Joseph Nicholas Tibesar, a retired business man of Quincy, (Illinois) is one of the striking personalities in local citizenship. He comes of an old and prominent family of Western Europe, long identified with some of the districts in the immediate war zone of the recent conflict, and as a youth there he was liberally educated, had a thorough technical training, and has always been a student as well as a practical man of affairs. He not only inherits the intellectual qualifications of his ancestors but also their splendid physical stature and manhood.
Mr. Tibesar was born in the Duchy of Luxemburg February 14, 1859. His father, Maximillian Tibesar, was born in Belgium in 1808, and for generations the family had lived in and around Brussels. Maximillian married Mary Sehleimer, of Luxemburg, where she was born in 1824. Her father was a native of the same Grand Duchy and had served as a soldier under Napoleon the First. Maximillian Tibesar after his marriage settled in the Belgium district known as the Walloon and later lived in Luxemburg on a farm estate. He died in 1861 and his wife in 1879. Both branches of the family were Catholics.
Joseph Nicholas Tibesar acquired a liberal training in the schools in Europe, and was given a thorough technical apprenticeship in blast furnace and the iron works trade. He was superintendent of a large furnace plant on the border between France and Belgium. At the age of twenty-five he was granted a two years vacation for the purpose of acquainting himself with the most improved technical methods of the iron industry. In 1884 he went to England to look over the iron districts of that country and later in the same year came to America, through New York and on to South Bend, Indiana, where some cousins were connected with Notre Dame University as instructors. He himself enrolled as a student there, taking a course in elocution under Charles W. Stoddard and studied chemistry under Professor Zahm. Later for a time he was in Chicago and from there came to Quincy (Illinois) and was a student in St. Francis College. A year later he was made a professor in that institution, teaching French, chemistry, mathematics and natural sciences. For six years he was one of the men who gave strength and prestige to the faculty of St. Francis College. He then entered business as a grocer, and in 1898 joined the Blomer & Michael Packing Company. In 1900 he became a member of the Wholesale Quincy Grocery Company and represented that house four years. He then went back to the packing company and continued with it until fire destroyed the plant on February 14, 1913. Since then Mr. Tibesar has been practically retired from business, and enjoys the comforts of a fine home at the corner of Vine and Fifteenth streets.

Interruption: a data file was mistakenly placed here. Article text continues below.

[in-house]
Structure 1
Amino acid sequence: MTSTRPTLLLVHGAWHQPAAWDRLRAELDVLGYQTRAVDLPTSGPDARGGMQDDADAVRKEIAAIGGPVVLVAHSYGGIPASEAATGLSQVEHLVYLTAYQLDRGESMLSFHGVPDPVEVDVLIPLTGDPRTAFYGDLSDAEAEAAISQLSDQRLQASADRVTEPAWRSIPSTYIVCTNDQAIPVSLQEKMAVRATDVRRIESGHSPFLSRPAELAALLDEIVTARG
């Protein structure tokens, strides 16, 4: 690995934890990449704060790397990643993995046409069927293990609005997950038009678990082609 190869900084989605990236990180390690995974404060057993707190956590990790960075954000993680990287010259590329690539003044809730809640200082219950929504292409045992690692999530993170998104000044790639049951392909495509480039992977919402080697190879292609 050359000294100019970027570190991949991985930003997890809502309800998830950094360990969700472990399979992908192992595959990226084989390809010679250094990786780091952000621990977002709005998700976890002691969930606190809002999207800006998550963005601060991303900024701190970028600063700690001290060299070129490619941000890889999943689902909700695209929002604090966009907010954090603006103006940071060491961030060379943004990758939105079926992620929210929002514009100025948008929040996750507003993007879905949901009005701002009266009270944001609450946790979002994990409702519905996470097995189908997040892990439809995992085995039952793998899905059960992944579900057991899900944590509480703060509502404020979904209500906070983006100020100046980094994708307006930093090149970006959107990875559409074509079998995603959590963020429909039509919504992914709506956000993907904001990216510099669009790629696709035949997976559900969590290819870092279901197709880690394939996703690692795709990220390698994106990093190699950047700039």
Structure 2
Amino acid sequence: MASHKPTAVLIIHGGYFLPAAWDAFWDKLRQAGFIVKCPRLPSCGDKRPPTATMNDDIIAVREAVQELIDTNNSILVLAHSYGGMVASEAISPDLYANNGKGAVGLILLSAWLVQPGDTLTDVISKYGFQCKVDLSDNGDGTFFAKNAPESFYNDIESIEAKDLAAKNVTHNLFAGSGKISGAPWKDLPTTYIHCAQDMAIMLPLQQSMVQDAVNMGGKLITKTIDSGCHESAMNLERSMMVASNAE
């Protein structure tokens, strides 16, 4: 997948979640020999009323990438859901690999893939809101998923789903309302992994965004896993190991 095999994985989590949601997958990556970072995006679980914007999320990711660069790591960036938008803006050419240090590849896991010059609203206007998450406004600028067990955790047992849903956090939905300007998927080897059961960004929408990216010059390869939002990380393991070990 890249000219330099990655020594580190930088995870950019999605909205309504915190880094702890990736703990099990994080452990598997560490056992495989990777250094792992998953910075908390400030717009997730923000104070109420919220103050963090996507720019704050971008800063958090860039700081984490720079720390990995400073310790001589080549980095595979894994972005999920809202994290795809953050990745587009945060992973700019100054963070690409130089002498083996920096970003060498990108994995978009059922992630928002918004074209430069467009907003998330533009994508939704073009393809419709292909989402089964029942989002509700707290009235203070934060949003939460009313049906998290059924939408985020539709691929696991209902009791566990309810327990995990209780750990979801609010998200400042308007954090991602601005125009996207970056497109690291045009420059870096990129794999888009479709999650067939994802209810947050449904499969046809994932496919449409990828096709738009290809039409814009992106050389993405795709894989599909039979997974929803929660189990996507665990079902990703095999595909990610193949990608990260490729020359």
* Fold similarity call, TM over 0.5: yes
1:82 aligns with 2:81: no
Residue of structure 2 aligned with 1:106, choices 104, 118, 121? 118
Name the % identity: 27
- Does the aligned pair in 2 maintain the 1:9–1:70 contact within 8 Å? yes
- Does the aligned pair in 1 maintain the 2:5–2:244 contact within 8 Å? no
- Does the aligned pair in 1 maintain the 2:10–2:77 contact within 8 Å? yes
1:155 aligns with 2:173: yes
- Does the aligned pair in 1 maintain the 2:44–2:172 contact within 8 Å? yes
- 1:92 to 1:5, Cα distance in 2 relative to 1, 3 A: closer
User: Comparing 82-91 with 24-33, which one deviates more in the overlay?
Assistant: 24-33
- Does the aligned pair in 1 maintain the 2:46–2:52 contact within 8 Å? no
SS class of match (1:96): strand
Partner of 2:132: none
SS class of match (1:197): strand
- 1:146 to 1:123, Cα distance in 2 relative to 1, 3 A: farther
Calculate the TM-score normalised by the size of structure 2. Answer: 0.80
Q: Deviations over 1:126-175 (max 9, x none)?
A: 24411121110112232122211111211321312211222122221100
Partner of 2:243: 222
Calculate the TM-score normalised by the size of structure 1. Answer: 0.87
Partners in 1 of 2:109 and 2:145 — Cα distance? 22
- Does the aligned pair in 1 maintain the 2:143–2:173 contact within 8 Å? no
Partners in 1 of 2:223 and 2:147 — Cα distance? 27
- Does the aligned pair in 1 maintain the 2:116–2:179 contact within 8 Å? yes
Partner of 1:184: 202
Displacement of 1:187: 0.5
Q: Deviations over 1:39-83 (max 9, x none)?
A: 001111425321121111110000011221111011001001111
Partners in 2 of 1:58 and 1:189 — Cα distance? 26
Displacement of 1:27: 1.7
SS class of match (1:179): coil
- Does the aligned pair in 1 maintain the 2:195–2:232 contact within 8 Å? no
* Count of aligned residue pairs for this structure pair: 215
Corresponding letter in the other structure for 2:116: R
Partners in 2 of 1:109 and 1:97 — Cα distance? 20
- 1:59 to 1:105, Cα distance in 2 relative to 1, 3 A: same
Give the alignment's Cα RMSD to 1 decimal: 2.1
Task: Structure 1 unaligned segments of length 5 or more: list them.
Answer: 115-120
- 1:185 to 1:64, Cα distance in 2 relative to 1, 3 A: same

After coming to Quincy Mr. Tibesar married Miss Christina Blomer. She was born in Quincy in 1872, and is a graduate of St. Mary’s Academy and was liberally educated in music. Her father was Henry Blomer, a prominent figure in Quincy affairs to whom further reference is made on other pages. Mr. and Mrs. Tibesar are the parents of eight children : Maria, who was educated in St. Mary’s Academy and took special work in music; Agnes, a graduate of St. Mary’s Academy in the commercial course; Leopold, who graduated from St. Francis College with the degrees A. B. and A. M., and is now preparing for the priesthood in a Catholic seminary; Cyril, a graduate of high school and now a pharmacist student; Maurice, a student in St. Francis College; Norbert and Sevrin, both in St. Francis parochial schools; and Octavia. The family are all members of St. Francis Catholic Church.